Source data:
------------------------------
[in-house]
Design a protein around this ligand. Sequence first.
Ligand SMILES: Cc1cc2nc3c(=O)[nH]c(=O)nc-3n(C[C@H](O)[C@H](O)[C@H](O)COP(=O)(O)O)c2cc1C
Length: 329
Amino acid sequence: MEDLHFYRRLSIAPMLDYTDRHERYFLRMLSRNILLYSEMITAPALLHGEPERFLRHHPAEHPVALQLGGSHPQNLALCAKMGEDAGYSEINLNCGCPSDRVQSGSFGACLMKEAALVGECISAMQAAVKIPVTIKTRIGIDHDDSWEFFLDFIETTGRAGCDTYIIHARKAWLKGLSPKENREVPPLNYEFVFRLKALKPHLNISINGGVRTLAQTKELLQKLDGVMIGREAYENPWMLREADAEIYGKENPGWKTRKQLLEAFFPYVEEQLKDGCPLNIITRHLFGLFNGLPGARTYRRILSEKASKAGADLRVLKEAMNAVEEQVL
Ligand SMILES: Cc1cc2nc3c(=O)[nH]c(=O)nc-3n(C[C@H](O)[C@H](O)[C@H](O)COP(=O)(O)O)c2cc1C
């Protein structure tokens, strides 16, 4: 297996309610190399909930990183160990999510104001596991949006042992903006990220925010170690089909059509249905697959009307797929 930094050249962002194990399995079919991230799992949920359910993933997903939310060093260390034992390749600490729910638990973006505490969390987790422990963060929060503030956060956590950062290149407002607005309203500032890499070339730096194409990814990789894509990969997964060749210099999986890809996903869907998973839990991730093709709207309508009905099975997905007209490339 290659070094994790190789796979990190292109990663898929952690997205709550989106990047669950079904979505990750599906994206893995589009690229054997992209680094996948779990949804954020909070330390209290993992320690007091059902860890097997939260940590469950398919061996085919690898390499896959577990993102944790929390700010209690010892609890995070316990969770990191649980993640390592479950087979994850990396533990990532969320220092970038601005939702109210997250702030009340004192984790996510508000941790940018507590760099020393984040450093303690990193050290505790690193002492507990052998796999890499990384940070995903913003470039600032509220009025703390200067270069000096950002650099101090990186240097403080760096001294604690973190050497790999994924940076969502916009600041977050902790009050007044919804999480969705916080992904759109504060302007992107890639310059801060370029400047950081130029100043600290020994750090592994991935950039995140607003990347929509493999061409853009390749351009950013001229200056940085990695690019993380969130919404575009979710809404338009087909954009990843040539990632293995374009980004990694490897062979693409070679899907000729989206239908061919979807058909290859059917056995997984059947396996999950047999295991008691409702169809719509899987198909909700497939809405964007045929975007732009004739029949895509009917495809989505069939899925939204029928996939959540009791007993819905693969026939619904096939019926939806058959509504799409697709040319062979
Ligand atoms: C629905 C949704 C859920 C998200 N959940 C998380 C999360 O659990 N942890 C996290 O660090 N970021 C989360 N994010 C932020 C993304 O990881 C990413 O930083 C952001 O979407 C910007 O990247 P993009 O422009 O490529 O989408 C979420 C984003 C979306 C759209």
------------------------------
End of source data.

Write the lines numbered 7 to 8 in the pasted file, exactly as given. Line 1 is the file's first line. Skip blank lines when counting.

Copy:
């Protein structure tokens, strides 16, 4: 297996309610190399909930990183160990999510104001596991949006042992903006990220925010170690089909059509249905697959009307797929 930094050249962002194990399995079919991230799992949920359910993933997903939310060093260390034992390749600490729910638990973006505490969390987790422990963060929060503030956060956590950062290149407002607005309203500032890499070339730096194409990814990789894509990969997964060749210099999986890809996903869907998973839990991730093709709207309508009905099975997905007209490339 290659070094994790190789796979990190292109990663898929952690997205709550989106990047669950079904979505990750599906994206893995589009690229054997992209680094996948779990949804954020909070330390209290993992320690007091059902860890097997939260940590469950398919061996085919690898390499896959577990993102944790929390700010209690010892609890995070316990969770990191649980993640390592479950087979994850990396533990990532969320220092970038601005939702109210997250702030009340004192984790996510508000941790940018507590760099020393984040450093303690990193050290505790690193002492507990052998796999890499990384940070995903913003470039600032509220009025703390200067270069000096950002650099101090990186240097403080760096001294604690973190050497790999994924940076969502916009600041977050902790009050007044919804999480969705916080992904759109504060302007992107890639310059801060370029400047950081130029100043600290020994750090592994991935950039995140607003990347929509493999061409853009390749351009950013001229200056940085990695690019993380969130919404575009979710809404338009087909954009990843040539990632293995374009980004990694490897062979693409070679899907000729989206239908061919979807058909290859059917056995997984059947396996999950047999295991008691409702169809719509899987198909909700497939809405964007045929975007732009004739029949895509009917495809989505069939899925939204029928996939959540009791007993819905693969026939619904096939019926939806058959509504799409697709040319062979
Ligand atoms: C629905 C949704 C859920 C998200 N959940 C998380 C999360 O659990 N942890 C996290 O660090 N970021 C989360 N994010 C932020 C993304 O990881 C990413 O930083 C952001 O979407 C910007 O990247 P993009 O422009 O490529 O989408 C979420 C984003 C979306 C759209």